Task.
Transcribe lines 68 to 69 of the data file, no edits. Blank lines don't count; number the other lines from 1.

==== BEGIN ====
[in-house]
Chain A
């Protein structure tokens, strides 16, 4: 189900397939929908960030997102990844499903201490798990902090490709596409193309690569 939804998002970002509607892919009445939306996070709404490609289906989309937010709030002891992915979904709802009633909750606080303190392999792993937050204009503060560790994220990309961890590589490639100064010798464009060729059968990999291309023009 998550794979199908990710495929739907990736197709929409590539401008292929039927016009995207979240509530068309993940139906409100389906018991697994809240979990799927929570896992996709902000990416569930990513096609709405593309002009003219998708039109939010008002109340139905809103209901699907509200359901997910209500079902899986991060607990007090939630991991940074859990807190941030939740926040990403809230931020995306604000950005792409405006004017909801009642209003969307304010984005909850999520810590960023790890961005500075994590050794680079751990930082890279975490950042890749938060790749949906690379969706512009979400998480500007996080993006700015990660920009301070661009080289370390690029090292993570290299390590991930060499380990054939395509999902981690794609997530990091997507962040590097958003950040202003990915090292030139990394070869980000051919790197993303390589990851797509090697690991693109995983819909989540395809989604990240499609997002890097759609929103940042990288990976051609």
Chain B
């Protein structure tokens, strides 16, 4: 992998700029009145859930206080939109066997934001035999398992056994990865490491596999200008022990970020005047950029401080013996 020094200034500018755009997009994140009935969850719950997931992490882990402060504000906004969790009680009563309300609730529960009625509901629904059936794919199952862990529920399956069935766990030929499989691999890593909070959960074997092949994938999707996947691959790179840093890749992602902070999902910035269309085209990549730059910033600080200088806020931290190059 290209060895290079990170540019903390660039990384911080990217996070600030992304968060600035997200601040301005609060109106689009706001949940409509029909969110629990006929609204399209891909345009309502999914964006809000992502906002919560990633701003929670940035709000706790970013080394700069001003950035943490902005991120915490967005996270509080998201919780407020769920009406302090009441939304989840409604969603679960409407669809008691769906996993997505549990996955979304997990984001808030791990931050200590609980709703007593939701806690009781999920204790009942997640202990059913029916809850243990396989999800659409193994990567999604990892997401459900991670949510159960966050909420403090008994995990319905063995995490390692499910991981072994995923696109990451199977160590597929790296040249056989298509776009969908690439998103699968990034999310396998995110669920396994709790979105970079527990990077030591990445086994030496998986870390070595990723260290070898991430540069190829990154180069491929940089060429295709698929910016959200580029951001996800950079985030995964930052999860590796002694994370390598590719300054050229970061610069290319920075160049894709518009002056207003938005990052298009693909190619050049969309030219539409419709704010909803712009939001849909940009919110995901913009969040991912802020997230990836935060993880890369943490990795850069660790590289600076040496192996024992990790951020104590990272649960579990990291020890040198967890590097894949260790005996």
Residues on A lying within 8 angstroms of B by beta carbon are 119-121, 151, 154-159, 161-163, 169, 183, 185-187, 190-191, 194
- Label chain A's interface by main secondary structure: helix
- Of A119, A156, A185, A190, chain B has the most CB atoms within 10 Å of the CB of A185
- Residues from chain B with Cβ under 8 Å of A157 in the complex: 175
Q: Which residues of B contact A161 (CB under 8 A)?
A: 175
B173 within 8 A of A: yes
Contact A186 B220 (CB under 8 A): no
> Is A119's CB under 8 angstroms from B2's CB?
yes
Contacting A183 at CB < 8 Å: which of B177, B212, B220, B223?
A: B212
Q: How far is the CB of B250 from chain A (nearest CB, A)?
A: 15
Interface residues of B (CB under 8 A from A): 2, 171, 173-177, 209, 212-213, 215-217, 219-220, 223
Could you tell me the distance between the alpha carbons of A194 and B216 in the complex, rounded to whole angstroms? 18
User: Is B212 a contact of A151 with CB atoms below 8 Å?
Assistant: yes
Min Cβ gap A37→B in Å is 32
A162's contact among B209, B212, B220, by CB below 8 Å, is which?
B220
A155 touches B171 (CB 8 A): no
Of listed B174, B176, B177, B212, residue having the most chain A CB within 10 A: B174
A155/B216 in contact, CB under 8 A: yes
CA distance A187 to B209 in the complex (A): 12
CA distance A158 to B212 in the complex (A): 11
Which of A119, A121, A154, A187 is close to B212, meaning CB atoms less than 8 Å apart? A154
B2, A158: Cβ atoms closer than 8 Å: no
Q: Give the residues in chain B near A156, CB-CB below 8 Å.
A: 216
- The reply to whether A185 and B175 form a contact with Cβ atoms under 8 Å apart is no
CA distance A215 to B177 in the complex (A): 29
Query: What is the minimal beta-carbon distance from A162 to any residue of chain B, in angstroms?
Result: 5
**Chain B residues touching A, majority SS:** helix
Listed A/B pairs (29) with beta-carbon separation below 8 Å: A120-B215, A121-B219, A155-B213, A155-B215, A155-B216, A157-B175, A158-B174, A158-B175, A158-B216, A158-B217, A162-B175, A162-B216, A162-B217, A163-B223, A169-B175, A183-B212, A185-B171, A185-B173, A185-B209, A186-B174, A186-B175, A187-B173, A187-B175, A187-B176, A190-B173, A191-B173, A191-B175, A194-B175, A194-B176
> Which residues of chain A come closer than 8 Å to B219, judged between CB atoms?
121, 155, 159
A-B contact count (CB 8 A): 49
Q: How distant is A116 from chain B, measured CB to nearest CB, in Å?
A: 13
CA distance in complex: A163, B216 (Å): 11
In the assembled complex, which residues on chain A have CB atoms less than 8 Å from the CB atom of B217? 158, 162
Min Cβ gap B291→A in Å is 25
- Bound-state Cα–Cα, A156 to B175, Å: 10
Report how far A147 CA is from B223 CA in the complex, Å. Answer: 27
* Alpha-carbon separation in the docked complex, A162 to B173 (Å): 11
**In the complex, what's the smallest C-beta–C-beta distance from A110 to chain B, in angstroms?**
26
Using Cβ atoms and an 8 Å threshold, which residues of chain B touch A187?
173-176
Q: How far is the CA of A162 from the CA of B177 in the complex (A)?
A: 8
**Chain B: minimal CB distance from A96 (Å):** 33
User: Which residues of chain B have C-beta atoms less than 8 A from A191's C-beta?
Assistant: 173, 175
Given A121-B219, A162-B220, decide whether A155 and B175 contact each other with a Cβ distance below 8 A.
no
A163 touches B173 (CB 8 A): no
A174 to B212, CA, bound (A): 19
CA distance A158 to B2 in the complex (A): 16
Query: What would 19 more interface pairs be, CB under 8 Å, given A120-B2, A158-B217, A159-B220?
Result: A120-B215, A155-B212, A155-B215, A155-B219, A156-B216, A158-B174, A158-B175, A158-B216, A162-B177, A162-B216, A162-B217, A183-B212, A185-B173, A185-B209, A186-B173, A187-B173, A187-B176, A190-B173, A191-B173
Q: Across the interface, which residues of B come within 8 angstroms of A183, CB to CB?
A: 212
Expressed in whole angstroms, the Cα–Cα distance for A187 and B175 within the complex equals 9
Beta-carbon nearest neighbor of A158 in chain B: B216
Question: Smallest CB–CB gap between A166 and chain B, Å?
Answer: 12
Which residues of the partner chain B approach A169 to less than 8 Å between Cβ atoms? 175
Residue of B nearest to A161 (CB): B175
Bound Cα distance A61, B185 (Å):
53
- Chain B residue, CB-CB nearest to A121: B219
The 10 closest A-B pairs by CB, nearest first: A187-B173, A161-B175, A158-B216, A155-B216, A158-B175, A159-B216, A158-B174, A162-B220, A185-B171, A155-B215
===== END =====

Result: A120-B215, A155-B212, A155-B215, A155-B219, A156-B216, A158-B174, A158-B175, A158-B216, A162-B177, A162-B216, A162-B217, A183-B212, A185-B173, A185-B209, A186-B173, A187-B173, A187-B176, A190-B173, A191-B173
Q: Across the interface, which residues of B come within 8 angstroms of A183, CB to CB?